South Africa has found a new weapon in its fight against HIV/AIDS – cell phones. A new initiative will be sending free text messages daily to encourage South Africans to get tested and treated for the disease.
The project, called Project Masiluleke or Project M, was announced last week at the Pop!Tech 2008 conference in Maine, U.S.A. It takes advantage of the popularity of cell phones in South Africa, using them to fight the country's high rates of HIV and tuberculosis (TB). The first part of the project will send the general public approximately one million free text messages daily for a year, urging them to call HIV and TB call centers. These messages will be sent as part of “Please Call Me” messages, a type of text messaging widely used across Africa.
White African elaborates on the project and this technology:
“Gustav Praekelt – one of the most knowledgeable mobile phone specialists in Africa – is helping to run the program. It’s done using the 120 character free space in ‘Please Call Me’ SMS system that’s used in South Africa. They tack on messages to get people to come to get HIV treatment in private, so that they don’t have to worry about what stigma is attached to that treatment.”
Stigma, along with misinformation, are believed to be the main reasons why so few South Africans get tested and treated for HIV. Even though roughly 5.7 million people in South Africa are living with HIV, according to the project's organizers just 5 percent of the population has been tested for the virus. South Africa also has one of the highest numbers of TB cases, a common killer of people with HIV.
Project M was created to help combat both of these diseases. It grew out of the Pop!Tech Accelerator program and brings together an international coalition of partners, including iTeach, the Praekelt Foundation, frog design, Nokia Siemens Networks and the National Geographic Society. 3 Sheep points out that this project's use of cell phones shows how embedded they are in South African culture, adding:
“Many countries do not have an established hardwired infrastructure and are looking to the mobile network as means of mass communication…Previously other media, such as radio, would have been used for such work but the South African project demonstrates the importance of considering all channels for outreach.”
Though this is not the first of such projects in South Africa, organizers say it's the largest use ever of mobile phones for sending health information. And so far the project holds much promise. Early testing of this text messaging campaign helped triple the average daily call volume to the National AIDS Helpline in Johannesburg. If the project is successful post-launch, it's hoped that this model can be expanded across Africa.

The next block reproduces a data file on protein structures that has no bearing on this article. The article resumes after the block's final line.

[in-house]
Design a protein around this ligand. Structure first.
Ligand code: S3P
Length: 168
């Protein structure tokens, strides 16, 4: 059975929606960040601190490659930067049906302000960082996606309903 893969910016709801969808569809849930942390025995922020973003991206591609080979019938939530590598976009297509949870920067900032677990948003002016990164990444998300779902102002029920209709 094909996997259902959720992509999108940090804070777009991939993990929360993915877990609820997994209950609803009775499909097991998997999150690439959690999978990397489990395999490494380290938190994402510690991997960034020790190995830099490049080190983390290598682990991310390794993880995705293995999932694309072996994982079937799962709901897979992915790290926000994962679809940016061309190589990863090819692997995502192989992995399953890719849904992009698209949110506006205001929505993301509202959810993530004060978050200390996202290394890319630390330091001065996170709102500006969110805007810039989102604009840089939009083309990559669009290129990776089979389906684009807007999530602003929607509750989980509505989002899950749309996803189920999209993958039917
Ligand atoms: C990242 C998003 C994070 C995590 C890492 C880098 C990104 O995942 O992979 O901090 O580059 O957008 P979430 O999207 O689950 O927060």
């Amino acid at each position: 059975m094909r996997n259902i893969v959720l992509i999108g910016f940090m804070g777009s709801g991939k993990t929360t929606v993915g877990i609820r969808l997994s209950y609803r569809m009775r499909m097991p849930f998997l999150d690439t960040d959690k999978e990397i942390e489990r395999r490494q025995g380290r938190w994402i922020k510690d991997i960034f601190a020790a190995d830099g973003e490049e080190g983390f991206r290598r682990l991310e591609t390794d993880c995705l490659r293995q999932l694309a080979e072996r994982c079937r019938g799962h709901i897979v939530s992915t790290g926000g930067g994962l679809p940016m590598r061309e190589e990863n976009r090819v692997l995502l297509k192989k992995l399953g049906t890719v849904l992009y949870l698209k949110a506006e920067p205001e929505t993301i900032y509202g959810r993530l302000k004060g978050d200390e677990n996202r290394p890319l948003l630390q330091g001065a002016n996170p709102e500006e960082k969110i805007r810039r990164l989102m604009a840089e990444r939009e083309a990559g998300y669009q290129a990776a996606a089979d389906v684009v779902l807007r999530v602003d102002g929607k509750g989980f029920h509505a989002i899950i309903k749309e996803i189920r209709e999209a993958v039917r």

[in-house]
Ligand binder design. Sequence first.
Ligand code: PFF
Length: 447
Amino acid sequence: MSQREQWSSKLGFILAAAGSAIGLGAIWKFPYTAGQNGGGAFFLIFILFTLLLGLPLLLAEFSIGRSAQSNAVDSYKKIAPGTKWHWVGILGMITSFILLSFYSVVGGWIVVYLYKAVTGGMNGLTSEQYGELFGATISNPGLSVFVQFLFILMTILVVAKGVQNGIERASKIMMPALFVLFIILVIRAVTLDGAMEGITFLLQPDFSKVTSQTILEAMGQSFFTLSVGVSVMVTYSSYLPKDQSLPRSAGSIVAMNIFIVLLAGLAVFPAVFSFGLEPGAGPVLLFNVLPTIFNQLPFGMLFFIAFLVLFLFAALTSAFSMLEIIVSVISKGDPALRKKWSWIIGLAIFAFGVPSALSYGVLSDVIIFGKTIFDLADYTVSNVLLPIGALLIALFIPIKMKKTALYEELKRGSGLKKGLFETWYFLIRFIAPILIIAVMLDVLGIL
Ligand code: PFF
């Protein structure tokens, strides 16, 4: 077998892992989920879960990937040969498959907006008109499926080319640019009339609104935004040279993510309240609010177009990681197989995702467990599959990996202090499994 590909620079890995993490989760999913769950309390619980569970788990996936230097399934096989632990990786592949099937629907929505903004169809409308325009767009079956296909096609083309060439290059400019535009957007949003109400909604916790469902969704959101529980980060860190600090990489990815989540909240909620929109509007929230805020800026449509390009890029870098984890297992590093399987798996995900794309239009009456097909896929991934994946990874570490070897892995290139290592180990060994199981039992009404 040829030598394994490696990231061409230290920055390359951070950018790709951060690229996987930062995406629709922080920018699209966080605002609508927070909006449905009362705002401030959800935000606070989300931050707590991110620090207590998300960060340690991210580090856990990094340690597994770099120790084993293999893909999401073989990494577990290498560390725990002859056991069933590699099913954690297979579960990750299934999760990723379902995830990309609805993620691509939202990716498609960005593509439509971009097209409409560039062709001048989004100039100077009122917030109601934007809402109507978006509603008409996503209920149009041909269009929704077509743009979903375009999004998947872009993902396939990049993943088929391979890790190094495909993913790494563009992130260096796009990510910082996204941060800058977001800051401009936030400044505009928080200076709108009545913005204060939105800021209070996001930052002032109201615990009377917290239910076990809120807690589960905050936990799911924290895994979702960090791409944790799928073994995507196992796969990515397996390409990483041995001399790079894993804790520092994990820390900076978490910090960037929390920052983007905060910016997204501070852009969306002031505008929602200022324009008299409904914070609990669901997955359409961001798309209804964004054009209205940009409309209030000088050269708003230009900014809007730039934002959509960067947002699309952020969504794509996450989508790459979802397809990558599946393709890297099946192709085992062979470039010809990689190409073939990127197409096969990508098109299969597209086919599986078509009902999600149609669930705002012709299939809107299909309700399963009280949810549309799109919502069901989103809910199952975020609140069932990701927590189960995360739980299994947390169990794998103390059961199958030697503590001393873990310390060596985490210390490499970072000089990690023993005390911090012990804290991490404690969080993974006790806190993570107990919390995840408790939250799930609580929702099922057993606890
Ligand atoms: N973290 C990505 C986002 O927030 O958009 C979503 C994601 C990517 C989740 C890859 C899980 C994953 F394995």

ahellgeth, commenting on a post on African Globalization, believes that this project has a lot of potential.
“Using technology is a great way to get a strong message across to a mass amount of people. The use of text messages offer people to view the message over and over, compared to seeing the message on a commercial or a flyer one time. A text message usually sits in a phones mailbox for a couple of days, allowing that person to go back and view it. I think the message would truly stick with people allowing them to act on it…These texts are PSA’s [public service announcements] for cell phones.”
Dave, blogging on Design in Africa agrees that this project will likely be a success:
“An important issue is being addressed, a simple, easy to understand solution has been designed by combining the resources of stakeholders, there are measurable benefits for people and communities and the cost of the incoming message is free. Brilliant.”
But lablady, blogging on Wise Advice, finds it unsettling that technology has taken center-stage in the fight against HIV/AIDS. She says:
“At what point in time did society make it an easier, more obvious and appealing choice for an impoverished population in the grips of an HIV epidemic, to buy a cell phone rather than a condom? I find it paradoxical that technology has now become the default vehicle to initiate what would have been at one time, a grass roots blood testing and education campaign. Is it arrogant of me to wonder why an entire population acquired cell phones before they had access to a successful public health strategy for a preventable disease?”
Catherine Forsythe, blogging on DogReader, adds that these messages may eventually be seen as “health spam.”
“The question may be ‘how long will this methodology be effective?’ After an initial viewing, these public health messages may be deleted as quickly as the usual text spam.”
Project M certainly hopes not. Future phases of the project involve distributing at-home HIV testing kits, developing “virtual call centers,” and using text messages to provide personalized healthcare information for those being treated for AIDS.